Insincerity: The enemy of clear language

by Mr. Sheehy

In “Politics and the English Language” George Orwell writes, “The great enemy of clear language is insincerity.” This year I have been emphasizing this line with students and using it to jump into an article Jonathan Rogers wrote for his newsletter, The Habit. There, Rogers defines the subtext and, too often, the real text of academic essays:

The text of an academic paper can be about almost anything—mitosis and meiosis, the Weimar Republic, existentialism, federalism, Paradise Lost, What I Did Last Summer. But whatever the text is about, all academic papers share more or less the same subtext: GIVE ME AN A. THINK I’M SMART. APPROVE OF ME. Really, I don’t see how that could NOT be the subtext of any essay you’re submitting for a grade. 

But too often, I suspect, students think of GIVE ME AN A as the real  text of an academic essay, papered over with just enough information about the purported subject (Romeo and Juliet, the Whiskey Rebellion, etc) to make the A possible.

That kind of thinking is behind students’ diligent efforts to figure out “what the teacher wants.”

So when a student writing about the dropping of the atomic bombs on Japan faces a complex idea in her essay–an inevitability if she’s engaging it truthfully–her priority, her driving concern, could accidentally become not finding the words that articulate that complex idea, but finding the words that sound like a teacher would assign an A to them. The result in that moment is a disregard for Orwell’s key advice: “What is above all needed is to let the meaning choose the word, and not the other way around.” When the real text is “give me an A,” the student will choose the word that sounds like it merits an A–and the word will choose the meaning.

And since the topic of their paper is the atomic bombs, her pursuit is insincere. Ideas about the atomic bomb are not what she means to say.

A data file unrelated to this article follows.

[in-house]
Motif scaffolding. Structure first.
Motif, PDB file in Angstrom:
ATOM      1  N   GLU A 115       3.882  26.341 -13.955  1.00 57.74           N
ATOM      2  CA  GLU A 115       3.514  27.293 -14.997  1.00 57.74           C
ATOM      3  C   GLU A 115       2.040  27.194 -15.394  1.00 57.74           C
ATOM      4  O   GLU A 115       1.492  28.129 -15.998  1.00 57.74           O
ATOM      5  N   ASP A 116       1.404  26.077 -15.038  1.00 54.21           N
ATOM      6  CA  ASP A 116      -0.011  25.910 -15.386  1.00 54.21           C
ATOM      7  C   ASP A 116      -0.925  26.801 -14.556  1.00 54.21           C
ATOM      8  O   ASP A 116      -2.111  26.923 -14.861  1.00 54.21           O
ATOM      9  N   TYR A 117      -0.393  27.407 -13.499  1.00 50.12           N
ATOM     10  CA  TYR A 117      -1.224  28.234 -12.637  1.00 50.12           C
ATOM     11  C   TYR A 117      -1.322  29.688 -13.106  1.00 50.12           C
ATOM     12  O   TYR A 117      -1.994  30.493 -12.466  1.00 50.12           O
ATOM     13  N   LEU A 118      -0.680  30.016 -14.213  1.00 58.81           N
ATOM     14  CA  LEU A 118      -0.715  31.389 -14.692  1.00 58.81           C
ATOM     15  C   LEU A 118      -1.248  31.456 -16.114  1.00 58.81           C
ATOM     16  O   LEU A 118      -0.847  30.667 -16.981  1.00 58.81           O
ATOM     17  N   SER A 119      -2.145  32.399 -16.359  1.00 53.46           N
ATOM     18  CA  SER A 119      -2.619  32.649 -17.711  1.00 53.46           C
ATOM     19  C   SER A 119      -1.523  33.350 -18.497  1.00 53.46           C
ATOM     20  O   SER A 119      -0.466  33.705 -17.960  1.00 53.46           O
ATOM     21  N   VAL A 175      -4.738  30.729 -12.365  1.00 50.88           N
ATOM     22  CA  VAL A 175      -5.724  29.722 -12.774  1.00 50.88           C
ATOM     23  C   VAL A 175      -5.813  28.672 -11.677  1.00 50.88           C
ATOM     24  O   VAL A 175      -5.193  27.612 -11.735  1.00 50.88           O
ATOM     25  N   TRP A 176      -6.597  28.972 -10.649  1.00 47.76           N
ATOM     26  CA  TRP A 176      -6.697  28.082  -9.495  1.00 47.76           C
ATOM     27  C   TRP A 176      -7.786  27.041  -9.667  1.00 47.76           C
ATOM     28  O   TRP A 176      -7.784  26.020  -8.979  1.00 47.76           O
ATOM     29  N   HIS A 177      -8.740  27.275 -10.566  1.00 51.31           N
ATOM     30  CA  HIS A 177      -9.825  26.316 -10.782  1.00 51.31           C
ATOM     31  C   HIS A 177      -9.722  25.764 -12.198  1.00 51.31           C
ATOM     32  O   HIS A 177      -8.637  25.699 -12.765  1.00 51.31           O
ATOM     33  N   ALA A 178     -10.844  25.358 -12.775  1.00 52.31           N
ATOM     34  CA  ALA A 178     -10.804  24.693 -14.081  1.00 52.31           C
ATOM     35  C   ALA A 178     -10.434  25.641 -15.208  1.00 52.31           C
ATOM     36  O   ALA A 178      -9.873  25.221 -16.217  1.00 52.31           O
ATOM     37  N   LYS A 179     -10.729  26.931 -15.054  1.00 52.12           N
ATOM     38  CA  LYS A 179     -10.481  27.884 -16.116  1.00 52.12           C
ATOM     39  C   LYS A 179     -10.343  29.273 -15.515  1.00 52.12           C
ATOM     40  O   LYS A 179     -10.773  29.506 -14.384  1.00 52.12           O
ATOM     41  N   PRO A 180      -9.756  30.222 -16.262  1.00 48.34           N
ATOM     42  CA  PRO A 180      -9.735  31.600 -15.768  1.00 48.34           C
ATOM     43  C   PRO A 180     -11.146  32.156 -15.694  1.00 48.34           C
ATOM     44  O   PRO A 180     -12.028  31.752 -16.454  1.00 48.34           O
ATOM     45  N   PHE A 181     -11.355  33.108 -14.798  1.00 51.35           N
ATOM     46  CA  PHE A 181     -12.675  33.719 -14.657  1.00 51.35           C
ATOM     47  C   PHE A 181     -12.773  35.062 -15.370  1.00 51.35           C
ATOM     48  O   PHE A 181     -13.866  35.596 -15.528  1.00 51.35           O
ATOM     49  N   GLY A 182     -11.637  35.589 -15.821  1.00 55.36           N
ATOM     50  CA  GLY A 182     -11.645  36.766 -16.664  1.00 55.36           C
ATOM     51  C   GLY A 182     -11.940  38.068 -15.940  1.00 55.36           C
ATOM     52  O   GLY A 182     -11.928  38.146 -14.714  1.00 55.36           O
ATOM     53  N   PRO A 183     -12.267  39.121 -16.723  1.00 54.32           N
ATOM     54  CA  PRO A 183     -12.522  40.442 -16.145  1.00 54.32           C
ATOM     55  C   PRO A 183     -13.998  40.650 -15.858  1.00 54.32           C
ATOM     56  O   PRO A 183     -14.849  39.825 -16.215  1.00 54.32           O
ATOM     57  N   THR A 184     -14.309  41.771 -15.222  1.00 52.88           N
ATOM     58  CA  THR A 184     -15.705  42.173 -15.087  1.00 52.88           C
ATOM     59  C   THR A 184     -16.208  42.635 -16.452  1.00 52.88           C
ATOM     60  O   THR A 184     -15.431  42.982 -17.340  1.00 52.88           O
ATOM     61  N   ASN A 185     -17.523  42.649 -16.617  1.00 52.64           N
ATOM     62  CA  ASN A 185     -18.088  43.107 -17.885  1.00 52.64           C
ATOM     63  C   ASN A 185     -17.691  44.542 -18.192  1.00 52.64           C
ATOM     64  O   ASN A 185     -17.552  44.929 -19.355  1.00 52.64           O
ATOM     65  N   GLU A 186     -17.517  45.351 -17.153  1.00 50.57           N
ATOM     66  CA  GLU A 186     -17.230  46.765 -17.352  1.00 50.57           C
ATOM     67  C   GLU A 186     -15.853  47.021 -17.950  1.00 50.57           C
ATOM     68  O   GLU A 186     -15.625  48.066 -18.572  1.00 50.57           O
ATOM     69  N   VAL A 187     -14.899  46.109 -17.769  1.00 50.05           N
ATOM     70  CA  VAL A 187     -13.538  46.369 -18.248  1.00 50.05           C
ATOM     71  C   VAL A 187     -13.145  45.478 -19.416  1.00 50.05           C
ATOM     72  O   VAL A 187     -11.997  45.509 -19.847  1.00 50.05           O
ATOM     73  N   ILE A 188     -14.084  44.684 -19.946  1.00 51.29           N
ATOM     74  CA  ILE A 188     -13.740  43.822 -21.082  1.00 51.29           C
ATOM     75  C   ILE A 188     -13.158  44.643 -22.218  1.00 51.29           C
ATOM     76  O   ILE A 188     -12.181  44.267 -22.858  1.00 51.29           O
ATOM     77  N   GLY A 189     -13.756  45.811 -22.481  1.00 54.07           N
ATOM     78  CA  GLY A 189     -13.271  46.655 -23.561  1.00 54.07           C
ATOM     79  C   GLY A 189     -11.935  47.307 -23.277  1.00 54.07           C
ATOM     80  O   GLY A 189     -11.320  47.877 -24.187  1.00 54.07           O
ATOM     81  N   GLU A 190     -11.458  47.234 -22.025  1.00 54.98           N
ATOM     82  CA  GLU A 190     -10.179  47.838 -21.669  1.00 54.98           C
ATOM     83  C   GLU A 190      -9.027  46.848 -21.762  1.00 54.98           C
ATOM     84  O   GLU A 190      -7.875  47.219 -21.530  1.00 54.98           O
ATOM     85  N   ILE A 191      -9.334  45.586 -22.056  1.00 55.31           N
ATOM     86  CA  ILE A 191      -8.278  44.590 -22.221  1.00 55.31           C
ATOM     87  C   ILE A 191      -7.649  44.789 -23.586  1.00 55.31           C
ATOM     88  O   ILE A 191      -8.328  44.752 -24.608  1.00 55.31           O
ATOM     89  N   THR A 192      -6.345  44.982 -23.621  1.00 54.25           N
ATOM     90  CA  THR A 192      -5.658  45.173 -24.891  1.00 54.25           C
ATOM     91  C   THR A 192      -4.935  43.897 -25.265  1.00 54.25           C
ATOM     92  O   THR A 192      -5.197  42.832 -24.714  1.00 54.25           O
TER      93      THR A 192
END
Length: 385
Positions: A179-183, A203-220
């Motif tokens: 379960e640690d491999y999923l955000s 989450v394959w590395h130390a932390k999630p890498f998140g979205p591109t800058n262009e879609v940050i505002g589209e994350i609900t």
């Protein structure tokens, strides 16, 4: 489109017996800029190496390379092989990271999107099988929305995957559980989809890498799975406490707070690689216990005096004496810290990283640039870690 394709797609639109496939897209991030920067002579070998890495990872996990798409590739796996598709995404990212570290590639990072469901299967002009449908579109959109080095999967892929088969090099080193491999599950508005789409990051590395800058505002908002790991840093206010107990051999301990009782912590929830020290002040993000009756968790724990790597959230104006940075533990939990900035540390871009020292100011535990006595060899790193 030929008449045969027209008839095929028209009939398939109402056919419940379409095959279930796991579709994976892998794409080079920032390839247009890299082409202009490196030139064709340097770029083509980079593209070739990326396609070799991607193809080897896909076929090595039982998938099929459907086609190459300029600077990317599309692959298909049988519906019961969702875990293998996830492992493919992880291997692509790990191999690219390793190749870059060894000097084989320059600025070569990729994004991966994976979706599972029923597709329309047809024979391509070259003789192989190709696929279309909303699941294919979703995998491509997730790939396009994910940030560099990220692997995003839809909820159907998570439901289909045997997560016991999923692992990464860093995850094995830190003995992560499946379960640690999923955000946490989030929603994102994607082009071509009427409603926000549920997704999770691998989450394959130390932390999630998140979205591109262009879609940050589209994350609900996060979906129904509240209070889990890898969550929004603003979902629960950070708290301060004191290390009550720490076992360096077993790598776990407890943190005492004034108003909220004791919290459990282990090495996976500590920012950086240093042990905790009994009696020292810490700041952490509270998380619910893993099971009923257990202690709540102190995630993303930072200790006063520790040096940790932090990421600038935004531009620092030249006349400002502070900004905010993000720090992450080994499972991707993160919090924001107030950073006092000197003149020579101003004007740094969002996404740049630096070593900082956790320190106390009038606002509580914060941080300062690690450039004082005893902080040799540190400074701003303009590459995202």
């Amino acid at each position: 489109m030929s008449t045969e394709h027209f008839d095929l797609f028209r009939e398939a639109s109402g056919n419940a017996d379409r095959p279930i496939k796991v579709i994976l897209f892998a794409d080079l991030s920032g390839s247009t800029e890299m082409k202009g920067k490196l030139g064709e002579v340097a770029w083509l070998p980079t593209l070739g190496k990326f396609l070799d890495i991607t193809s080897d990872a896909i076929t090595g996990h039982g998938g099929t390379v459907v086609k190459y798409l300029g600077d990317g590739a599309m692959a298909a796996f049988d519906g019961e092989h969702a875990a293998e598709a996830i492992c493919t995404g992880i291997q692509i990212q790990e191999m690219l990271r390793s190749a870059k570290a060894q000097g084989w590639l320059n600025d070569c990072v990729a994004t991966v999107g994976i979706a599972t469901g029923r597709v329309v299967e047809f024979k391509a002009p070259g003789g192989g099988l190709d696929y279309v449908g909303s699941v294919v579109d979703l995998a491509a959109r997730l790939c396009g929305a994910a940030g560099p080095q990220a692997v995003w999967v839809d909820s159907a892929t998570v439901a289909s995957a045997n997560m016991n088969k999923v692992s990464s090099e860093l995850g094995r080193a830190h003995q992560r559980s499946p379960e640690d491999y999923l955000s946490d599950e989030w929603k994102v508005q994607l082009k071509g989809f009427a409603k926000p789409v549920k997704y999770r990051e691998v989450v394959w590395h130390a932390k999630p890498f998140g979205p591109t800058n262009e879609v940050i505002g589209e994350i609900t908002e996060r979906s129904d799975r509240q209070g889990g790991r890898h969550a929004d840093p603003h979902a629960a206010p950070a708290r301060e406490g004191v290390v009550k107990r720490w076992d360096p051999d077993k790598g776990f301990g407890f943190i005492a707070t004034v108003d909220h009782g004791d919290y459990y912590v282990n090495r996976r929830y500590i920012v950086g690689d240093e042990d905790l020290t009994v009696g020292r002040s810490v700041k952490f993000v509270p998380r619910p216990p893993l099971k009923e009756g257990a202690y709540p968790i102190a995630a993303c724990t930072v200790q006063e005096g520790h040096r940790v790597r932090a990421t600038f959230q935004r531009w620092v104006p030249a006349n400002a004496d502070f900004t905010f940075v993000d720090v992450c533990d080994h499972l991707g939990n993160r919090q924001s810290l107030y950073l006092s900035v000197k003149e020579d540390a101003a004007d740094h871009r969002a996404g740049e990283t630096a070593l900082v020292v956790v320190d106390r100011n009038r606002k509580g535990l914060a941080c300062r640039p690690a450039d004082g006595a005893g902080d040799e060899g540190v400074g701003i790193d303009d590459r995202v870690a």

Of course, if a teacher has assigned the topic, it might be difficult for a student to engage sincerely in it. But it is possible for a student to tweak a topic so as to make themselves invested in it, to make their interest sincere. In Writing About Your Life, William Zinsser challenges writers to adapt such constraints editors put upon them, and his advice applies easily to teachers:

Don’t assume that editors know exactly what they want. Often they don’t. Don’t shape yourself to a dumb assignment; that’s no favor to you or to the magazine or to the reader. Shape the assignment to your own strengths and curiosities. (134)

A student can find a question worth pursuing within a restricted topic, but she has to be willing to search for it.

Zinsser goes further than this, suggesting that a writer might “come up with a better idea. You make your own luck.” That might seem like it could never apply to a classroom, but I’ll say for myself that if a student reaches out to me with an alternate assignment that meets or exceeds my expectations with the original, I’d be thrilled rather than annoyed.

Such efforts might be harder, but striving for sincerity is worth a student’s while–the results will be obvious in the clarity and energy of the final piece of writing.